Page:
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Organising real estate

Published Mar 15, 2017 10:16am
Interview with Mohsin Sheikhani, Chairman, Association of Builders and Development of Pakistan.
Photo: ABAD.
Photo: ABAD.

Mohsin Sheikhani, Chairman, Association of Builders And Developers of Pakistan (ABAD), speaks to Aurora about the issues plaguing Pakistan’s real estate sector and the role ABAD is playing to improve the industry’s outlook.

AURORA: Why was ABAD established?
Mohsin Sheikhani: Initially there was no concept of an organised real estate sector in Pakistan and building control authorities and by-laws to guide construction and infrastructural development were non-existent. Most of the activity in the property market was largely limited to construction and/or purchase of houses for personal use. It was only during the 70s that commercial interest in building and development started in Karachi. A few builders, who had been in the business for decades, decided that it was important to have an organisation to represent the interests of the sector and help resolve the emerging issues. It was in this scenario that ABAD was established in 1974, by a handful of industry pioneers, and the first office was set up within the premises of the then Bambino Cinema.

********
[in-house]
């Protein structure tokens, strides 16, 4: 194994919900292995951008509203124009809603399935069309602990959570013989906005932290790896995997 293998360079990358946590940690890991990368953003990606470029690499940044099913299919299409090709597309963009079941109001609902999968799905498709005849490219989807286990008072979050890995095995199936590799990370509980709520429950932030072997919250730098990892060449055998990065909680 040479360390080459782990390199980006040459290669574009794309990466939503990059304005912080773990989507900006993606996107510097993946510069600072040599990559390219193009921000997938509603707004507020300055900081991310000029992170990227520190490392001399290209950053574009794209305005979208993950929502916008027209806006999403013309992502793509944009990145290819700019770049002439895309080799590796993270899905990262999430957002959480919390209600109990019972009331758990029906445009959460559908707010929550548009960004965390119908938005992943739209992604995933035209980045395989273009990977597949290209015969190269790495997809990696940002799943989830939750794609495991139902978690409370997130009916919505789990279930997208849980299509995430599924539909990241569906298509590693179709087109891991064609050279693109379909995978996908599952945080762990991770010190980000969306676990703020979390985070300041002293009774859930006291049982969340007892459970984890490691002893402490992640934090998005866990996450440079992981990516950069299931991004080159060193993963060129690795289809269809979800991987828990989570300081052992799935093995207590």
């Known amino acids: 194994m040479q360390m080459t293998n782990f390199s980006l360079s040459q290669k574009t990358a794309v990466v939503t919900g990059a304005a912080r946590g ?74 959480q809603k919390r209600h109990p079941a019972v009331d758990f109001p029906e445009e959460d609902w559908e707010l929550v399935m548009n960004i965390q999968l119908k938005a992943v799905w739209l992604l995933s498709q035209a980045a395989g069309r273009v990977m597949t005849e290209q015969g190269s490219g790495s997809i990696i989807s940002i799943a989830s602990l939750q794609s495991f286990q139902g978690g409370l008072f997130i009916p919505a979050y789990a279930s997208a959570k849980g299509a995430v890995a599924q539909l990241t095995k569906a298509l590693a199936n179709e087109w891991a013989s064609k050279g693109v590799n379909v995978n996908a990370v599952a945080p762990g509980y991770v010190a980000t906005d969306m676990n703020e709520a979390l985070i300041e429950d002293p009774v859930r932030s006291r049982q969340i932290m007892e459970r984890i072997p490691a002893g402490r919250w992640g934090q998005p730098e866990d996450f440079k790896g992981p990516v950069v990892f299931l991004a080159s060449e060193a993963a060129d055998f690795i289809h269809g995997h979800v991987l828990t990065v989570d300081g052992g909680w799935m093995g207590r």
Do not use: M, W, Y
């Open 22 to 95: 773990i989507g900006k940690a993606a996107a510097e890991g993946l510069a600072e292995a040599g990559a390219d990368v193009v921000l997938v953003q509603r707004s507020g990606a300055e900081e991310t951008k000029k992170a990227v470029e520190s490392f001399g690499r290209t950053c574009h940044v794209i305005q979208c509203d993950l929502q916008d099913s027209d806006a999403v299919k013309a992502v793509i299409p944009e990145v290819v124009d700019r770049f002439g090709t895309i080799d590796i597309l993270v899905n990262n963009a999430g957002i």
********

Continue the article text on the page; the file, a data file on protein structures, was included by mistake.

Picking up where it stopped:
A: What role does ABAD play in Pakistan’s real estate sector?
MS: While the organisation itself is decades old, it is only in the last five to six years that ABAD has adopted a formal corporate structure with an elected panel of experts in order to play a more effective role as the premier association of the real estate industry. Currently, we have more than 1,000 members, including some of the most credible names in the business, such as the Dolmen and Arif Habib Groups, to name a few. Our main role is policy development to help this sector grow. To this end, we collaborate with the Federal and Provincial Governments, as well as the utility and planning authorities on an ongoing basis to resolve problems being faced by stakeholders.

A: What is ABAD’s position with regards to the changes in taxation and property valuation system announced in the Federal Budget 2016-17?